The eternal Washington, D.C., question hangs in the thick, swampy summer air like a funhouse specter: "what do you do?" The specter follows the underemployed from networking events to backyard barbecues, from baseball games to Saturday nights-on-the-town. It contaminates the water supply, slips through the useless charcoal filter on the overpriced pitcher, and permeates the bodies of all who travel in certain circles. If you stick around long enough, if you do what you do, you parrot it back in perma-loop, second only to "hello" as the interpersonal greeting of choice.
You are intended to have your response/defense ready for the quick draw: I do something important. I make policy. I break policy. I serve drinks but I intern at somewhere special. I am a student. I have started my own business. I rule a small island nation.
Unemployment and underemployment pull back your sharp-edged words and your confidence. They put you in a conversational de-militarized zone. Off limits.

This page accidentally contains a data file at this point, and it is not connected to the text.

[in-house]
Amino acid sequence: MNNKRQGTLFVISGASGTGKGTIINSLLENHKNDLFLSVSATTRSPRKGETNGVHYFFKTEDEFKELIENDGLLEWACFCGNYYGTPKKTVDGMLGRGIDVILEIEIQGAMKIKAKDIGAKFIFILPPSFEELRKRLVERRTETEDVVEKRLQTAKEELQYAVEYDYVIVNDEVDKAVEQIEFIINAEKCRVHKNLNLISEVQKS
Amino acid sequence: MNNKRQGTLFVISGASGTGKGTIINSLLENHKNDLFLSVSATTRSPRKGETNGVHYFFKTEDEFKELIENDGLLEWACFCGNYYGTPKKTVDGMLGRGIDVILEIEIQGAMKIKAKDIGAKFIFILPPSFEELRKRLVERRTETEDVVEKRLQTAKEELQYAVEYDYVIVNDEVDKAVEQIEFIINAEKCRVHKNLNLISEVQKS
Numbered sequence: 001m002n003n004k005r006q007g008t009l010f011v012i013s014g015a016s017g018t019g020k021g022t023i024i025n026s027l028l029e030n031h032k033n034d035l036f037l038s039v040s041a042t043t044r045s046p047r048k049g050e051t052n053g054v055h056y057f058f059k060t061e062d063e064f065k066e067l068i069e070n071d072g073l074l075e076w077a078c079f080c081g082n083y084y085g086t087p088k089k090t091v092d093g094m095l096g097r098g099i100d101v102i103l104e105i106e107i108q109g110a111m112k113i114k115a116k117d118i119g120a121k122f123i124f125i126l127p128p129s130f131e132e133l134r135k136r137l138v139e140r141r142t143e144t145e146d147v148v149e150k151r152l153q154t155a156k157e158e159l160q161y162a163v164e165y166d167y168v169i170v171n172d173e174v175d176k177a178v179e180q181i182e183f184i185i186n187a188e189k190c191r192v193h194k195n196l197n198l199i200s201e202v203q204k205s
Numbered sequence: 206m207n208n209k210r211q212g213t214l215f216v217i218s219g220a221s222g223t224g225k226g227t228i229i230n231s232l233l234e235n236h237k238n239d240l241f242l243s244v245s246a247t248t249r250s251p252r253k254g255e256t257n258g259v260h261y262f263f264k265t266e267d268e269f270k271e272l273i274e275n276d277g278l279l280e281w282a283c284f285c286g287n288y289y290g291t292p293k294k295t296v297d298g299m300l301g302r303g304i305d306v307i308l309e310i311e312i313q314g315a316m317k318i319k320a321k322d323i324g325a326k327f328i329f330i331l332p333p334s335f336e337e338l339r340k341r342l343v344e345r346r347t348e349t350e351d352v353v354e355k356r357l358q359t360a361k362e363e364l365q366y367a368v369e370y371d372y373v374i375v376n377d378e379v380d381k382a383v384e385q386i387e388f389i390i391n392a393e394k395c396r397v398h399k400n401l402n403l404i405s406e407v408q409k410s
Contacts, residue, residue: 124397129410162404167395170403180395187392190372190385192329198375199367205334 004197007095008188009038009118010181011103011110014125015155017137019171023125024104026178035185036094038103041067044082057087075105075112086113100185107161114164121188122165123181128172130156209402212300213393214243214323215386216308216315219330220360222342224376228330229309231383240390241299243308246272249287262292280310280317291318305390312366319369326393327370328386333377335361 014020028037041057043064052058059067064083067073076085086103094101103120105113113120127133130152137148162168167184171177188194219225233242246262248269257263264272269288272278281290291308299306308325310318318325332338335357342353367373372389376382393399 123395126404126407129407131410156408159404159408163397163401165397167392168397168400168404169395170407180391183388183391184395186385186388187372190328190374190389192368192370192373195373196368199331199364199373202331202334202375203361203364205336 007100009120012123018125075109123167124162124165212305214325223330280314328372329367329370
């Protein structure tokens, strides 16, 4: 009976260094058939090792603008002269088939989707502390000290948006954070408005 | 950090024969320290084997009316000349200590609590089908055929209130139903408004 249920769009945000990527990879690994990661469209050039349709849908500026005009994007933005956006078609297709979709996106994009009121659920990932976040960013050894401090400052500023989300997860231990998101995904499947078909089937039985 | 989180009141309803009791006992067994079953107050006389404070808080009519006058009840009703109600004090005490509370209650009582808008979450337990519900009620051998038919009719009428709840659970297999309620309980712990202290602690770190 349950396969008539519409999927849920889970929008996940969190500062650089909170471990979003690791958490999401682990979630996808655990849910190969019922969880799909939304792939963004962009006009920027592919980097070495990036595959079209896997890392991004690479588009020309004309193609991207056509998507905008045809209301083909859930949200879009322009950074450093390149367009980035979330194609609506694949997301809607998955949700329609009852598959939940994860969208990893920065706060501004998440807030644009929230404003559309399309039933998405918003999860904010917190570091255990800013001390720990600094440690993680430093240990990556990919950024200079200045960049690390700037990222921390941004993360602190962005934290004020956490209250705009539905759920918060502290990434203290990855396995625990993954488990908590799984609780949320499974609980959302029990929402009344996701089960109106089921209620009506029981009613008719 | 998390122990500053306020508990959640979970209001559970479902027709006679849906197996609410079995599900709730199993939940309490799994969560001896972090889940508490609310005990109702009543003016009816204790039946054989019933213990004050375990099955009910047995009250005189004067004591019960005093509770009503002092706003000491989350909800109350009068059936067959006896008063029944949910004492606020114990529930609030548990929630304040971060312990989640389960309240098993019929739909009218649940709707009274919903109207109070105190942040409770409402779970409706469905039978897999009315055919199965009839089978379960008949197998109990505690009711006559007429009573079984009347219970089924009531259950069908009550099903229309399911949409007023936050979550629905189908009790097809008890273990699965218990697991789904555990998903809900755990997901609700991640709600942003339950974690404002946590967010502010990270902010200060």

You are not allowed to be looking or uncertain. Not from a place of weakness. If you are -- which we all are at all times in this town, unless we have submitted to stagnation or retirement -- you are not encouraged to admit this to anyone but close friends. D.C. places a palpable stigma on the professionally undead, for they are known to want. They hunger for job leads, contacts, help, insider info, something, anything, please. They email regularly to tell you they still exist.
So what do I do? I reconsider my career path. I rely heavily on my support network. I write new songs. I visit the museums. I bicycle to Rockville, or to Falls Church, or simply through the National Mall at night. I consider moving to another city. I have lunch with my mother and grandmother. I fantasize about an end to the hesitation. I attend free concerts and outdoor film showings. I interview for jobs. I network extensively. I grab the $5 tickets to the baseball game. I invent new, creative cocktails in my kitchen. This is my life, and I am living it.
I feel it immediately: the hesitation. The desperation. The embarrassment. The scramble to justify existence for this networking event, this backyard barbecue, this over-loud bar, this self-important city.